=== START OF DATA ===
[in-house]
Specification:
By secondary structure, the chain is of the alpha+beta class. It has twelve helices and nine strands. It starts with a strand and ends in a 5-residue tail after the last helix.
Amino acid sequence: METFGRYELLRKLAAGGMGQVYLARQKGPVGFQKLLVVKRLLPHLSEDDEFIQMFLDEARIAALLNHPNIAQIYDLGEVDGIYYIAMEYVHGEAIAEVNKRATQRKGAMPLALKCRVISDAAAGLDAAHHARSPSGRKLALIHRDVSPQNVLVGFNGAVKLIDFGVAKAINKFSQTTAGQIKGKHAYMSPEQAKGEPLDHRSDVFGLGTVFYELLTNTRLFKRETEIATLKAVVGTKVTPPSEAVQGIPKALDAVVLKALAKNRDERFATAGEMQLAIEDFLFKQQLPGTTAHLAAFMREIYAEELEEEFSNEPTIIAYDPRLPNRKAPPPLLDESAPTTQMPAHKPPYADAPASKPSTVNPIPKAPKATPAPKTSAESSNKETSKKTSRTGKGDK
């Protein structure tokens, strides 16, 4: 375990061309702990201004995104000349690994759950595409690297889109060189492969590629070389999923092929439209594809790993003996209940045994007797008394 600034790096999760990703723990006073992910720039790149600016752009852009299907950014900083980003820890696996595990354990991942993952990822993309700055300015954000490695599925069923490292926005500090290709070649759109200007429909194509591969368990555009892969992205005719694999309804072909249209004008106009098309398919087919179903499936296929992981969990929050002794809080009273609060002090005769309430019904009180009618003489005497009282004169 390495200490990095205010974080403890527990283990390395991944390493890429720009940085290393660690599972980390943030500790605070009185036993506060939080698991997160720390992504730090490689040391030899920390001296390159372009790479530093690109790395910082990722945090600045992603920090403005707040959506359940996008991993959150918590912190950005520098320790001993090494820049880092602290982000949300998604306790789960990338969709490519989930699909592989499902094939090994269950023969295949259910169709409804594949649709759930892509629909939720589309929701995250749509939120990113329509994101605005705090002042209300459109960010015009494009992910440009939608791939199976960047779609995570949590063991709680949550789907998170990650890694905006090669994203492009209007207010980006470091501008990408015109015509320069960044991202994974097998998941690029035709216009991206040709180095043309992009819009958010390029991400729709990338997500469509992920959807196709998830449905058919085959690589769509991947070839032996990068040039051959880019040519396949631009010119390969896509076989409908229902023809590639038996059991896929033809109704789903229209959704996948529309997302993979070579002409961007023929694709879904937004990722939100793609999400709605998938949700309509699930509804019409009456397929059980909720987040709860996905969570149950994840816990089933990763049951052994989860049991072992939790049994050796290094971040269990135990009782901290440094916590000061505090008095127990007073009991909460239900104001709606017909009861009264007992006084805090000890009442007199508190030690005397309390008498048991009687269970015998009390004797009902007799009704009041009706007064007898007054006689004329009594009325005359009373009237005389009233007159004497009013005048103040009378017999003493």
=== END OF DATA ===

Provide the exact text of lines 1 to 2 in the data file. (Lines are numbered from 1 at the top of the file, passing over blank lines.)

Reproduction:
[in-house]
Specification: